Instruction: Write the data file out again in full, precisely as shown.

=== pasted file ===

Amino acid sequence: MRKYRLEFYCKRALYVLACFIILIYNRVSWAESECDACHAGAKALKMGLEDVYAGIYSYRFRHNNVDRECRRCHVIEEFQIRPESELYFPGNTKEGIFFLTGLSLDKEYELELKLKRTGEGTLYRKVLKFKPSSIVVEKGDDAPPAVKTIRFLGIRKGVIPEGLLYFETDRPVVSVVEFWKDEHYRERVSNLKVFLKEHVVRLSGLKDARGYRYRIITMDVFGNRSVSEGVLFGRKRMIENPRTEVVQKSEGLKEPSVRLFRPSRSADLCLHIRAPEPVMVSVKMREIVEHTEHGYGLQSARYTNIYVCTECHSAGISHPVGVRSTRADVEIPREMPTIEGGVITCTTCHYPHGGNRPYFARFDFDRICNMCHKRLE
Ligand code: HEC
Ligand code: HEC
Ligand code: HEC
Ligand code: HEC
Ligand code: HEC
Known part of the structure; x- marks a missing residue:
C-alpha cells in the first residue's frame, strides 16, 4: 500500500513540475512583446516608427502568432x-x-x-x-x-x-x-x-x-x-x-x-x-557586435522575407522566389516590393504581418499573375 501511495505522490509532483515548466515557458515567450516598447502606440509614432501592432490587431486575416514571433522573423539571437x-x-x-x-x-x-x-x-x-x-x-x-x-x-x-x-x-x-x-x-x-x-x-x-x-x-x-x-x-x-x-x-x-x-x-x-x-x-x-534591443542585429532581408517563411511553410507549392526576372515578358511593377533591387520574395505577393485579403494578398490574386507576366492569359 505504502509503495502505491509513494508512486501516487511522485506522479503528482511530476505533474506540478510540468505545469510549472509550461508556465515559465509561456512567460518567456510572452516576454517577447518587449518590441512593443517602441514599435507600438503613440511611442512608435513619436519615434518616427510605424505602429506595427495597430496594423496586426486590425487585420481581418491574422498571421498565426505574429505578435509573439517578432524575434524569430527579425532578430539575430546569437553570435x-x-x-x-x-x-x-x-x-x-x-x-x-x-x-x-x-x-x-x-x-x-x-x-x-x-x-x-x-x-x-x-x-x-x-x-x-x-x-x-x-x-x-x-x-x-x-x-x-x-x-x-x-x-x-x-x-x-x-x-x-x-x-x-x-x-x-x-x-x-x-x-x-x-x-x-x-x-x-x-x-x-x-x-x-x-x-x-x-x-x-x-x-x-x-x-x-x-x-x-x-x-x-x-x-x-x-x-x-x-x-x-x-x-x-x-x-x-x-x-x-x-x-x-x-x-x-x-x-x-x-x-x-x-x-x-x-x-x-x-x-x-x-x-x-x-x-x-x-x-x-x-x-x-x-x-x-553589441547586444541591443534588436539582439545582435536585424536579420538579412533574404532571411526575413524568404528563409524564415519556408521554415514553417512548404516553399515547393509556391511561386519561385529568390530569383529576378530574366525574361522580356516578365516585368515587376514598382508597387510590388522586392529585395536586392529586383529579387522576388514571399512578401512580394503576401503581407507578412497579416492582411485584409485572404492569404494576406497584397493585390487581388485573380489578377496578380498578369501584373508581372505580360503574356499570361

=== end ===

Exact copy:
Amino acid sequence: MRKYRLEFYCKRALYVLACFIILIYNRVSWAESECDACHAGAKALKMGLEDVYAGIYSYRFRHNNVDRECRRCHVIEEFQIRPESELYFPGNTKEGIFFLTGLSLDKEYELELKLKRTGEGTLYRKVLKFKPSSIVVEKGDDAPPAVKTIRFLGIRKGVIPEGLLYFETDRPVVSVVEFWKDEHYRERVSNLKVFLKEHVVRLSGLKDARGYRYRIITMDVFGNRSVSEGVLFGRKRMIENPRTEVVQKSEGLKEPSVRLFRPSRSADLCLHIRAPEPVMVSVKMREIVEHTEHGYGLQSARYTNIYVCTECHSAGISHPVGVRSTRADVEIPREMPTIEGGVITCTTCHYPHGGNRPYFARFDFDRICNMCHKRLE
Ligand code: HEC
Ligand code: HEC
Ligand code: HEC
Ligand code: HEC
Ligand code: HEC
Known part of the structure; x- marks a missing residue:
C-alpha cells in the first residue's frame, strides 16, 4: 500500500513540475512583446516608427502568432x-x-x-x-x-x-x-x-x-x-x-x-x-557586435522575407522566389516590393504581418499573375 501511495505522490509532483515548466515557458515567450516598447502606440509614432501592432490587431486575416514571433522573423539571437x-x-x-x-x-x-x-x-x-x-x-x-x-x-x-x-x-x-x-x-x-x-x-x-x-x-x-x-x-x-x-x-x-x-x-x-x-x-x-534591443542585429532581408517563411511553410507549392526576372515578358511593377533591387520574395505577393485579403494578398490574386507576366492569359 505504502509503495502505491509513494508512486501516487511522485506522479503528482511530476505533474506540478510540468505545469510549472509550461508556465515559465509561456512567460518567456510572452516576454517577447518587449518590441512593443517602441514599435507600438503613440511611442512608435513619436519615434518616427510605424505602429506595427495597430496594423496586426486590425487585420481581418491574422498571421498565426505574429505578435509573439517578432524575434524569430527579425532578430539575430546569437553570435x-x-x-x-x-x-x-x-x-x-x-x-x-x-x-x-x-x-x-x-x-x-x-x-x-x-x-x-x-x-x-x-x-x-x-x-x-x-x-x-x-x-x-x-x-x-x-x-x-x-x-x-x-x-x-x-x-x-x-x-x-x-x-x-x-x-x-x-x-x-x-x-x-x-x-x-x-x-x-x-x-x-x-x-x-x-x-x-x-x-x-x-x-x-x-x-x-x-x-x-x-x-x-x-x-x-x-x-x-x-x-x-x-x-x-x-x-x-x-x-x-x-x-x-x-x-x-x-x-x-x-x-x-x-x-x-x-x-x-x-x-x-x-x-x-x-x-x-x-x-x-x-x-x-x-x-x-553589441547586444541591443534588436539582439545582435536585424536579420538579412533574404532571411526575413524568404528563409524564415519556408521554415514553417512548404516553399515547393509556391511561386519561385529568390530569383529576378530574366525574361522580356516578365516585368515587376514598382508597387510590388522586392529585395536586392529586383529579387522576388514571399512578401512580394503576401503581407507578412497579416492582411485584409485572404492569404494576406497584397493585390487581388485573380489578377496578380498578369501584373508581372505580360503574356499570361